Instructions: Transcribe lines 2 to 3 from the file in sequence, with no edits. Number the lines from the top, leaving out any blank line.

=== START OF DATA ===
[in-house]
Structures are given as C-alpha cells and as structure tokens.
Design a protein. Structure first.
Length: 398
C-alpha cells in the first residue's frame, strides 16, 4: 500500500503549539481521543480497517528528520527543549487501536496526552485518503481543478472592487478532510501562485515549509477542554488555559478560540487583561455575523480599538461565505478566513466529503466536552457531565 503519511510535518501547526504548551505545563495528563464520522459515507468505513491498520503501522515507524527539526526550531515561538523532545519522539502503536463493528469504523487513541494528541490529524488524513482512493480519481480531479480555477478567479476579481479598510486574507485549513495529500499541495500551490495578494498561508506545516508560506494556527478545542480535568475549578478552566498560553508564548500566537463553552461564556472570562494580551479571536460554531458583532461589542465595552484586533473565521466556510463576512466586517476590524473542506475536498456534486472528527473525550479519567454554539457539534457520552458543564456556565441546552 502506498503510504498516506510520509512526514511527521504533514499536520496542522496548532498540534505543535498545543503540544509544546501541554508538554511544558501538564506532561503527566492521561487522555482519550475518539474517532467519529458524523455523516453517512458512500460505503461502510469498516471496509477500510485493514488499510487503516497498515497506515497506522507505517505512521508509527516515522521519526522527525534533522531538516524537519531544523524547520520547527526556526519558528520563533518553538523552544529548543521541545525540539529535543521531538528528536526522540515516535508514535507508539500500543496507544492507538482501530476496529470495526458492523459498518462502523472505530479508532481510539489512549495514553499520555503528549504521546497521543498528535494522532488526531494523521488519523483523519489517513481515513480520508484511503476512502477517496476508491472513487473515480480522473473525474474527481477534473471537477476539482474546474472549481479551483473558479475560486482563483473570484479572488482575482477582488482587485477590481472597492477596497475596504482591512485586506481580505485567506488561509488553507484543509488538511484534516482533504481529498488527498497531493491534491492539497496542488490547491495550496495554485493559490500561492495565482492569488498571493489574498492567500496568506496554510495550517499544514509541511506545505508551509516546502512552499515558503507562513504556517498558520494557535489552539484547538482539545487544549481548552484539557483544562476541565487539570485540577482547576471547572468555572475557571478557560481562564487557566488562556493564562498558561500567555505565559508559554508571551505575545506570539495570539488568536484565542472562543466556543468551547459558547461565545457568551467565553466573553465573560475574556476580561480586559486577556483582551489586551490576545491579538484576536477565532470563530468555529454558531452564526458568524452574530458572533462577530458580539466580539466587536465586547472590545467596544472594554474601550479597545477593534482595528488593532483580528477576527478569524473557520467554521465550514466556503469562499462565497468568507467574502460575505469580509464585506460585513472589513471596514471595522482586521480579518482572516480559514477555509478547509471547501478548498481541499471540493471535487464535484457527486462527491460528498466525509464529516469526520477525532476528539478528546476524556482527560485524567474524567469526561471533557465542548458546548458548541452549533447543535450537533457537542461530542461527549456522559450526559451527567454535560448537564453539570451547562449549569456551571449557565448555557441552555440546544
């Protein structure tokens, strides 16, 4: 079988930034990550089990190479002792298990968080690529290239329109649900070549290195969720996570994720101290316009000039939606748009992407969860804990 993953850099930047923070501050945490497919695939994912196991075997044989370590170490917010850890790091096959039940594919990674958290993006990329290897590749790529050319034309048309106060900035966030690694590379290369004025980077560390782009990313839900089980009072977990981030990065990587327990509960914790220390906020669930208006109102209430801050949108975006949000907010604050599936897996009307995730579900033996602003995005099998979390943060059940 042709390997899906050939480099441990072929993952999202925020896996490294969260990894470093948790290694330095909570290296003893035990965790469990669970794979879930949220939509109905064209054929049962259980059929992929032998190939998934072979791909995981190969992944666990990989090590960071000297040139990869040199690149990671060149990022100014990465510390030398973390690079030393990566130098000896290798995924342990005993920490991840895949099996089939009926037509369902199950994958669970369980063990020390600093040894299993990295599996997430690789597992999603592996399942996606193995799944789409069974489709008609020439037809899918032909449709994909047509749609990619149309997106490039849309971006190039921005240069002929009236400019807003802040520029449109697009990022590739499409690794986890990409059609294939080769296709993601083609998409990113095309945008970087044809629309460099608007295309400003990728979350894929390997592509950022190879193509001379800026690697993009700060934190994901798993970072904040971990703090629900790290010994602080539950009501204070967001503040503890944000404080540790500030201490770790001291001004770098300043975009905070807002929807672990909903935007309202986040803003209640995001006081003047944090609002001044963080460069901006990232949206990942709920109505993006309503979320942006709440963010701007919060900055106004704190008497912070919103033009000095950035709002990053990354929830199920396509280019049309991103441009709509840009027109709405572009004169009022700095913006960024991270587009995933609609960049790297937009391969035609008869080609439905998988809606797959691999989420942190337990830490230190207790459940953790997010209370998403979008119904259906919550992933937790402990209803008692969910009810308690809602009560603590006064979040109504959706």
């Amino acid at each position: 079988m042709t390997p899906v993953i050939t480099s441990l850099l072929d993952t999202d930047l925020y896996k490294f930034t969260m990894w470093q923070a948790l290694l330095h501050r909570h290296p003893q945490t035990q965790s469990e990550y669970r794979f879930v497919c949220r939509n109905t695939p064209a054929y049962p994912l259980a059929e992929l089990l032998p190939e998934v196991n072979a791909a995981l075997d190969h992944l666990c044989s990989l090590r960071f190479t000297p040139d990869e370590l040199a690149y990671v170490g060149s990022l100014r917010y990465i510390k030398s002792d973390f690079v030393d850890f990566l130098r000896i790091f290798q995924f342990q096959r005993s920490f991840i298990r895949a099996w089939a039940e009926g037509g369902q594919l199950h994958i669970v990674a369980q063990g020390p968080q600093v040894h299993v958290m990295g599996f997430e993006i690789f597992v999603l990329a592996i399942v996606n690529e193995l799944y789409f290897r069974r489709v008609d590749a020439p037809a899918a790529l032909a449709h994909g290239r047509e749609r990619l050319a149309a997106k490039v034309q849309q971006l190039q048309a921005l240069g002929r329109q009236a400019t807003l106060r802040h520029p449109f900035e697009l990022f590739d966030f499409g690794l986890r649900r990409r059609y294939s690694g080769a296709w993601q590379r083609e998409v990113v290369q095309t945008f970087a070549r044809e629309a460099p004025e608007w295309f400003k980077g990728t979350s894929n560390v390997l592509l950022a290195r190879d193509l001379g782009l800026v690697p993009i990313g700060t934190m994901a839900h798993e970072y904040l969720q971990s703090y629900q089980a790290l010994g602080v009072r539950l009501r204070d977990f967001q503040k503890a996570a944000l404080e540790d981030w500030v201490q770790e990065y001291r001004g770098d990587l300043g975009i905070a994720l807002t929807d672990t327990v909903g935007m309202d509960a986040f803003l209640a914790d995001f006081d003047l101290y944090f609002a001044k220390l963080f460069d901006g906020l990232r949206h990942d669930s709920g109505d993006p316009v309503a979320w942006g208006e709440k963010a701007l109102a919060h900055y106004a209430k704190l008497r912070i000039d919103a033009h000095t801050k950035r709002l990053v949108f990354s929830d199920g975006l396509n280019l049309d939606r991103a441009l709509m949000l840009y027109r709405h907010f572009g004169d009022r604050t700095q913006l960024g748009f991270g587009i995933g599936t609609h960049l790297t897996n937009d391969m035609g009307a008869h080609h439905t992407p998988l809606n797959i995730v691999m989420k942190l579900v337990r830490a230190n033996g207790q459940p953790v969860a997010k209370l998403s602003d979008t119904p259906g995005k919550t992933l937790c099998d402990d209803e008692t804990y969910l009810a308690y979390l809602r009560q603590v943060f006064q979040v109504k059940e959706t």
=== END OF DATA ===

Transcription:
Structures are given as C-alpha cells and as structure tokens.
Design a protein. Structure first.